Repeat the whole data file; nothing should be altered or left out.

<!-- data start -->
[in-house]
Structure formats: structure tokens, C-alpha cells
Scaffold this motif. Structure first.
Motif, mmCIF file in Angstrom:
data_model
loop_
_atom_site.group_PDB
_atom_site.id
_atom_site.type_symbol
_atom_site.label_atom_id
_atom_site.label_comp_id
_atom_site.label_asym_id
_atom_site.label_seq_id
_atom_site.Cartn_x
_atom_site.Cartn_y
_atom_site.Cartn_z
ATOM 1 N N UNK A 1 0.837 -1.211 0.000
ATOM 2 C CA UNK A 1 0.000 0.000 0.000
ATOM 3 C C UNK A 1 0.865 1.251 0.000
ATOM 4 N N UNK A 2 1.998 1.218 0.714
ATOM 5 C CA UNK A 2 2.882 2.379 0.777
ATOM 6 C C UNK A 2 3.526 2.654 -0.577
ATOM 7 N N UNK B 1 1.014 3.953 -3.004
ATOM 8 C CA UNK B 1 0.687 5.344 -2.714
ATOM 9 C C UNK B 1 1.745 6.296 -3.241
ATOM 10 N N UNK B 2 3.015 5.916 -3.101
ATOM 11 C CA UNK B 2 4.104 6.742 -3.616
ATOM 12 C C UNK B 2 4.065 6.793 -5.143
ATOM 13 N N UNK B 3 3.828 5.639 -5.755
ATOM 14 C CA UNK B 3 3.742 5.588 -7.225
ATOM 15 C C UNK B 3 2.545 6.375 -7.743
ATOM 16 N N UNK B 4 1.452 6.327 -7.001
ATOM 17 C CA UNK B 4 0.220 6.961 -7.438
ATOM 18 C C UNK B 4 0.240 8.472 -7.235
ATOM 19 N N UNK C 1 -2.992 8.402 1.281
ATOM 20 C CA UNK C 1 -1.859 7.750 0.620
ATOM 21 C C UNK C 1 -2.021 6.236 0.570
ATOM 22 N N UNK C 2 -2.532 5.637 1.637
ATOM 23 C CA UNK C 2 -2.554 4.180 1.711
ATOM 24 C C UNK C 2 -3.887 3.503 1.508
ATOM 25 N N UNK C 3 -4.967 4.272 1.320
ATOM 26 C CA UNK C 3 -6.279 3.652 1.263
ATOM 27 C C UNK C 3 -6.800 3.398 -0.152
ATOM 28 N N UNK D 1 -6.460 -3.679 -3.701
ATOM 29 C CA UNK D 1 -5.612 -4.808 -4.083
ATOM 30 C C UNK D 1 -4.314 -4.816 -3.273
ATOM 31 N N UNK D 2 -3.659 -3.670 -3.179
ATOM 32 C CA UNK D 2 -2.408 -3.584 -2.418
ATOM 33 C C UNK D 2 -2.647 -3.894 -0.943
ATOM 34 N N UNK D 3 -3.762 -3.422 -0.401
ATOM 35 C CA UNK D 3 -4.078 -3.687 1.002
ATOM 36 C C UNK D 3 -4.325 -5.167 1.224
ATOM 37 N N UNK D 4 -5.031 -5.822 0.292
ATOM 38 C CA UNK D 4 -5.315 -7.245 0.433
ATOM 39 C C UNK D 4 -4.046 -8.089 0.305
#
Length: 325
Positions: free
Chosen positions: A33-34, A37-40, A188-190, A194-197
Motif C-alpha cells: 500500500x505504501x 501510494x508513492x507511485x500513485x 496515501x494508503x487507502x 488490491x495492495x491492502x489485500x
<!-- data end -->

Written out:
[in-house]
Structure formats: structure tokens, C-alpha cells
Scaffold this motif. Structure first.
Motif, mmCIF file in Angstrom:
data_model
loop_
_atom_site.group_PDB
_atom_site.id
_atom_site.type_symbol
_atom_site.label_atom_id
_atom_site.label_comp_id
_atom_site.label_asym_id
_atom_site.label_seq_id
_atom_site.Cartn_x
_atom_site.Cartn_y
_atom_site.Cartn_z
ATOM 1 N N UNK A 1 0.837 -1.211 0.000
ATOM 2 C CA UNK A 1 0.000 0.000 0.000
ATOM 3 C C UNK A 1 0.865 1.251 0.000
ATOM 4 N N UNK A 2 1.998 1.218 0.714
ATOM 5 C CA UNK A 2 2.882 2.379 0.777
ATOM 6 C C UNK A 2 3.526 2.654 -0.577
ATOM 7 N N UNK B 1 1.014 3.953 -3.004
ATOM 8 C CA UNK B 1 0.687 5.344 -2.714
ATOM 9 C C UNK B 1 1.745 6.296 -3.241
ATOM 10 N N UNK B 2 3.015 5.916 -3.101
ATOM 11 C CA UNK B 2 4.104 6.742 -3.616
ATOM 12 C C UNK B 2 4.065 6.793 -5.143
ATOM 13 N N UNK B 3 3.828 5.639 -5.755
ATOM 14 C CA UNK B 3 3.742 5.588 -7.225
ATOM 15 C C UNK B 3 2.545 6.375 -7.743
ATOM 16 N N UNK B 4 1.452 6.327 -7.001
ATOM 17 C CA UNK B 4 0.220 6.961 -7.438
ATOM 18 C C UNK B 4 0.240 8.472 -7.235
ATOM 19 N N UNK C 1 -2.992 8.402 1.281
ATOM 20 C CA UNK C 1 -1.859 7.750 0.620
ATOM 21 C C UNK C 1 -2.021 6.236 0.570
ATOM 22 N N UNK C 2 -2.532 5.637 1.637
ATOM 23 C CA UNK C 2 -2.554 4.180 1.711
ATOM 24 C C UNK C 2 -3.887 3.503 1.508
ATOM 25 N N UNK C 3 -4.967 4.272 1.320
ATOM 26 C CA UNK C 3 -6.279 3.652 1.263
ATOM 27 C C UNK C 3 -6.800 3.398 -0.152
ATOM 28 N N UNK D 1 -6.460 -3.679 -3.701
ATOM 29 C CA UNK D 1 -5.612 -4.808 -4.083
ATOM 30 C C UNK D 1 -4.314 -4.816 -3.273
ATOM 31 N N UNK D 2 -3.659 -3.670 -3.179
ATOM 32 C CA UNK D 2 -2.408 -3.584 -2.418
ATOM 33 C C UNK D 2 -2.647 -3.894 -0.943
ATOM 34 N N UNK D 3 -3.762 -3.422 -0.401
ATOM 35 C CA UNK D 3 -4.078 -3.687 1.002
ATOM 36 C C UNK D 3 -4.325 -5.167 1.224
ATOM 37 N N UNK D 4 -5.031 -5.822 0.292
ATOM 38 C CA UNK D 4 -5.315 -7.245 0.433
ATOM 39 C C UNK D 4 -4.046 -8.089 0.305
#
Length: 325
Positions: free
Chosen positions: A33-34, A37-40, A188-190, A194-197
Motif C-alpha cells: 500500500x505504501x 501510494x508513492x507511485x500513485x 496515501x494508503x487507502x 488490491x495492495x491492502x489485500x